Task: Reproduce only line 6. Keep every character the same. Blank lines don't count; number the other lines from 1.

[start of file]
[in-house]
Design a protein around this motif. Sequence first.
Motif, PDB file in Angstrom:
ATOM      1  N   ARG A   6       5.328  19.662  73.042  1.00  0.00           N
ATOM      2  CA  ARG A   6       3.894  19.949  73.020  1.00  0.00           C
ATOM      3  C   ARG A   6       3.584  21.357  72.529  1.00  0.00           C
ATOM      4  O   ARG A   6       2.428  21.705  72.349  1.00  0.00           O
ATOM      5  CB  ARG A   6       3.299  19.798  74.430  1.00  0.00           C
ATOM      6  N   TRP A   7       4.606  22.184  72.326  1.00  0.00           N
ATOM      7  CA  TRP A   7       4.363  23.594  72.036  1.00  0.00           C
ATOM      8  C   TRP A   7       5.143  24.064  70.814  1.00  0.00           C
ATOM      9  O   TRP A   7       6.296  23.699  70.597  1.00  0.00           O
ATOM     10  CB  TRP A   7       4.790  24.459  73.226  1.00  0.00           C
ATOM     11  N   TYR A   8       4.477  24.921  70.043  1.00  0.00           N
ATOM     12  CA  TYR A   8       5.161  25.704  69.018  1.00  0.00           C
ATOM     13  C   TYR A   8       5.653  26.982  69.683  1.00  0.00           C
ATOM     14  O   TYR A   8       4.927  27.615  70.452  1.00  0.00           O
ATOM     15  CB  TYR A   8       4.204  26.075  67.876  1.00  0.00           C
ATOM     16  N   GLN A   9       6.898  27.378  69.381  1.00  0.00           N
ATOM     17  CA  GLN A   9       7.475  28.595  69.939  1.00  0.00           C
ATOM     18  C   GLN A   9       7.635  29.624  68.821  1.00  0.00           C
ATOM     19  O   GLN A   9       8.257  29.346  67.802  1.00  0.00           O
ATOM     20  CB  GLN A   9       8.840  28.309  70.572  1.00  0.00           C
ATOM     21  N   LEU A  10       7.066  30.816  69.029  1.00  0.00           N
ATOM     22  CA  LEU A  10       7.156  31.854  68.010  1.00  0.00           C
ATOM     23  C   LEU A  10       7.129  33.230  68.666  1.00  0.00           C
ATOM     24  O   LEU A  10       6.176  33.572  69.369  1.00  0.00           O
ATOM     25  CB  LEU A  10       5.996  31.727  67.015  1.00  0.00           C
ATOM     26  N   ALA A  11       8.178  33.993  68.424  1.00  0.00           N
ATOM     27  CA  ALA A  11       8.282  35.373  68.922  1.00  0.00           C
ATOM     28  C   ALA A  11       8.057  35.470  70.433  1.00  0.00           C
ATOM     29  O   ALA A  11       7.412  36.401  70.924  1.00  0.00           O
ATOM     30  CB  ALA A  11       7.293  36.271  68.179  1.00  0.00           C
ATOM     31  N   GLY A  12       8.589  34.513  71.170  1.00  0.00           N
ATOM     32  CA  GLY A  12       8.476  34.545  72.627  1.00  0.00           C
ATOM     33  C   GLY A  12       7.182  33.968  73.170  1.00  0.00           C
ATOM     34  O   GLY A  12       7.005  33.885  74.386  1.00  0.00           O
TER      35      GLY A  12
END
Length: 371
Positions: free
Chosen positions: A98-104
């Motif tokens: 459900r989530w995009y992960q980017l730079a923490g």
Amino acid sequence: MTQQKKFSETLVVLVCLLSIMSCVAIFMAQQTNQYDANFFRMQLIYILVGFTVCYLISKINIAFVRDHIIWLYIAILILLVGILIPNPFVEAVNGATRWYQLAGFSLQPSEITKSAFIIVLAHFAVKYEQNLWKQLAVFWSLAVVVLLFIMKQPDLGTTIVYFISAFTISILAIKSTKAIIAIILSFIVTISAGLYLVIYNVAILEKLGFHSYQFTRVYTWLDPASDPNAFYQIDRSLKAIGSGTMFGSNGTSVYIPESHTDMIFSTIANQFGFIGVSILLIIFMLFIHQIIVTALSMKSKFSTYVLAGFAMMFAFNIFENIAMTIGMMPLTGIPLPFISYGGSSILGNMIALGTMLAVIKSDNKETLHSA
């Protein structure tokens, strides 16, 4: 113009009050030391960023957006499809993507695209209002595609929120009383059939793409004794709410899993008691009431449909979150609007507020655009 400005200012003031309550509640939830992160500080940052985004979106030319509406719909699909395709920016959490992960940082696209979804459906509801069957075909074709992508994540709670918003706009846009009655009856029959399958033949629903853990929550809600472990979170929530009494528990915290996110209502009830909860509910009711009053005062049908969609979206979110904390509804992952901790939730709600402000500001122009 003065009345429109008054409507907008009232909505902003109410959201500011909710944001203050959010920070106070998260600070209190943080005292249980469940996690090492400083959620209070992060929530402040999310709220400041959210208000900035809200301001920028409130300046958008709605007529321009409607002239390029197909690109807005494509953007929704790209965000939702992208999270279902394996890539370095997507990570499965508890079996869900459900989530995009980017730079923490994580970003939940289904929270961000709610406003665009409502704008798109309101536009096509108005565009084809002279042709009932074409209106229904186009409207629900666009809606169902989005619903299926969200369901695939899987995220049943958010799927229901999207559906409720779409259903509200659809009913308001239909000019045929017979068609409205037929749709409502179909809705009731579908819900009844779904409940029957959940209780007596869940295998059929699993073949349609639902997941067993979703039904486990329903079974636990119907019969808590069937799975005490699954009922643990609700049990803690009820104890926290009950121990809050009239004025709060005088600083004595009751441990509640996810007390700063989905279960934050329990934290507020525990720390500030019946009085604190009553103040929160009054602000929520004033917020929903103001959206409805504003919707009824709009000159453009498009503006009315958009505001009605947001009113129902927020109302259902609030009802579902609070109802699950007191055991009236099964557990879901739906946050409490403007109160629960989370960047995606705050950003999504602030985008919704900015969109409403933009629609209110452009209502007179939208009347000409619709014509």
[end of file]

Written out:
ATOM      3  C   ARG A   6       3.584  21.357  72.529  1.00  0.00           C